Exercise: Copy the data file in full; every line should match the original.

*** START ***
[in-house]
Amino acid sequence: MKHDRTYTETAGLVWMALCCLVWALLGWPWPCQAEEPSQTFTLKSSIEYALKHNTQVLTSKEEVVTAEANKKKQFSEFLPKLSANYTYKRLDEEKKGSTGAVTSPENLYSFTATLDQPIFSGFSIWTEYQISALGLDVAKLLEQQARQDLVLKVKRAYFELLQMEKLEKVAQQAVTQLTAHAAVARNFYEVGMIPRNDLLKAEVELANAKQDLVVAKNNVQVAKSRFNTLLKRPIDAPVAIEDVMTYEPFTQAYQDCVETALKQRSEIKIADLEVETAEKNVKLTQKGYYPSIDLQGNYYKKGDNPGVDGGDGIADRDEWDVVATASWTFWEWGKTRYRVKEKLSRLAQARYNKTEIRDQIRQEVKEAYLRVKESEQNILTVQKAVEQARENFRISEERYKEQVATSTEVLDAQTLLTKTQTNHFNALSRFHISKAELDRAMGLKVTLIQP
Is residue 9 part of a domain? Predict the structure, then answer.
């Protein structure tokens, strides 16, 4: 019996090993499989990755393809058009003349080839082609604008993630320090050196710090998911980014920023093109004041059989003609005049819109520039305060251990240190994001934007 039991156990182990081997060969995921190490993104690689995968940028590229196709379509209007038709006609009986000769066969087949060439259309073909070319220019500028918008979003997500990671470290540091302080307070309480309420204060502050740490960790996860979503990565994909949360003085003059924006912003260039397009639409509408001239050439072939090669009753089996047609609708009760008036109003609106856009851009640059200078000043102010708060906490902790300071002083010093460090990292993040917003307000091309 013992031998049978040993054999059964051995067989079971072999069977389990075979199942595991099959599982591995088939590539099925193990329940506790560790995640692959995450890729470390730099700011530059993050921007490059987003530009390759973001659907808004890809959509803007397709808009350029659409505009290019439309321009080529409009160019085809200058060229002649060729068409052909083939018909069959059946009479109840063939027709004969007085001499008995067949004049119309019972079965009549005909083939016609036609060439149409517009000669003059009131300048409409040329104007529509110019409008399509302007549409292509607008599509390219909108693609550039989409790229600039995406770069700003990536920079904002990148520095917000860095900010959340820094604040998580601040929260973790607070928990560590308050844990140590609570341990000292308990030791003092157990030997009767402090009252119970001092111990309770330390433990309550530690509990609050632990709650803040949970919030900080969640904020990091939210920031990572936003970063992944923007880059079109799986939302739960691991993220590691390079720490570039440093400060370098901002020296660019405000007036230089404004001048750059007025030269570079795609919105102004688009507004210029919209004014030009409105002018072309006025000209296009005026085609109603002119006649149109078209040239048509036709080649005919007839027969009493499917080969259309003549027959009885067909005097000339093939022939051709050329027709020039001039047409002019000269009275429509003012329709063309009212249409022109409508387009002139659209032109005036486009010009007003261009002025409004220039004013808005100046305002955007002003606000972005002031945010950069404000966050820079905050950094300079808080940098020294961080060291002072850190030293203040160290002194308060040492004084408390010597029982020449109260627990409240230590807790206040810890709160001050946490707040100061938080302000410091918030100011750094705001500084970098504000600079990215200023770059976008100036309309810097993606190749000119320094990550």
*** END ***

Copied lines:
[in-house]
Amino acid sequence: MKHDRTYTETAGLVWMALCCLVWALLGWPWPCQAEEPSQTFTLKSSIEYALKHNTQVLTSKEEVVTAEANKKKQFSEFLPKLSANYTYKRLDEEKKGSTGAVTSPENLYSFTATLDQPIFSGFSIWTEYQISALGLDVAKLLEQQARQDLVLKVKRAYFELLQMEKLEKVAQQAVTQLTAHAAVARNFYEVGMIPRNDLLKAEVELANAKQDLVVAKNNVQVAKSRFNTLLKRPIDAPVAIEDVMTYEPFTQAYQDCVETALKQRSEIKIADLEVETAEKNVKLTQKGYYPSIDLQGNYYKKGDNPGVDGGDGIADRDEWDVVATASWTFWEWGKTRYRVKEKLSRLAQARYNKTEIRDQIRQEVKEAYLRVKESEQNILTVQKAVEQARENFRISEERYKEQVATSTEVLDAQTLLTKTQTNHFNALSRFHISKAELDRAMGLKVTLIQP
Is residue 9 part of a domain? Predict the structure, then answer.
């Protein structure tokens, strides 16, 4: 019996090993499989990755393809058009003349080839082609604008993630320090050196710090998911980014920023093109004041059989003609005049819109520039305060251990240190994001934007 039991156990182990081997060969995921190490993104690689995968940028590229196709379509209007038709006609009986000769066969087949060439259309073909070319220019500028918008979003997500990671470290540091302080307070309480309420204060502050740490960790996860979503990565994909949360003085003059924006912003260039397009639409509408001239050439072939090669009753089996047609609708009760008036109003609106856009851009640059200078000043102010708060906490902790300071002083010093460090990292993040917003307000091309 013992031998049978040993054999059964051995067989079971072999069977389990075979199942595991099959599982591995088939590539099925193990329940506790560790995640692959995450890729470390730099700011530059993050921007490059987003530009390759973001659907808004890809959509803007397709808009350029659409505009290019439309321009080529409009160019085809200058060229002649060729068409052909083939018909069959059946009479109840063939027709004969007085001499008995067949004049119309019972079965009549005909083939016609036609060439149409517009000669003059009131300048409409040329104007529509110019409008399509302007549409292509607008599509390219909108693609550039989409790229600039995406770069700003990536920079904002990148520095917000860095900010959340820094604040998580601040929260973790607070928990560590308050844990140590609570341990000292308990030791003092157990030997009767402090009252119970001092111990309770330390433990309550530690509990609050632990709650803040949970919030900080969640904020990091939210920031990572936003970063992944923007880059079109799986939302739960691991993220590691390079720490570039440093400060370098901002020296660019405000007036230089404004001048750059007025030269570079795609919105102004688009507004210029919209004014030009409105002018072309006025000209296009005026085609109603002119006649149109078209040239048509036709080649005919007839027969009493499917080969259309003549027959009885067909005097000339093939022939051709050329027709020039001039047409002019000269009275429509003012329709063309009212249409022109409508387009002139659209032109005036486009010009007003261009002025409004220039004013808005100046305002955007002003606000972005002031945010950069404000966050820079905050950094300079808080940098020294961080060291002072850190030293203040160290002194308060040492004084408390010597029982020449109260627990409240230590807790206040810890709160001050946490707040100061938080302000410091918030100011750094705001500084970098504000600079990215200023770059976008100036309309810097993606190749000119320094990550």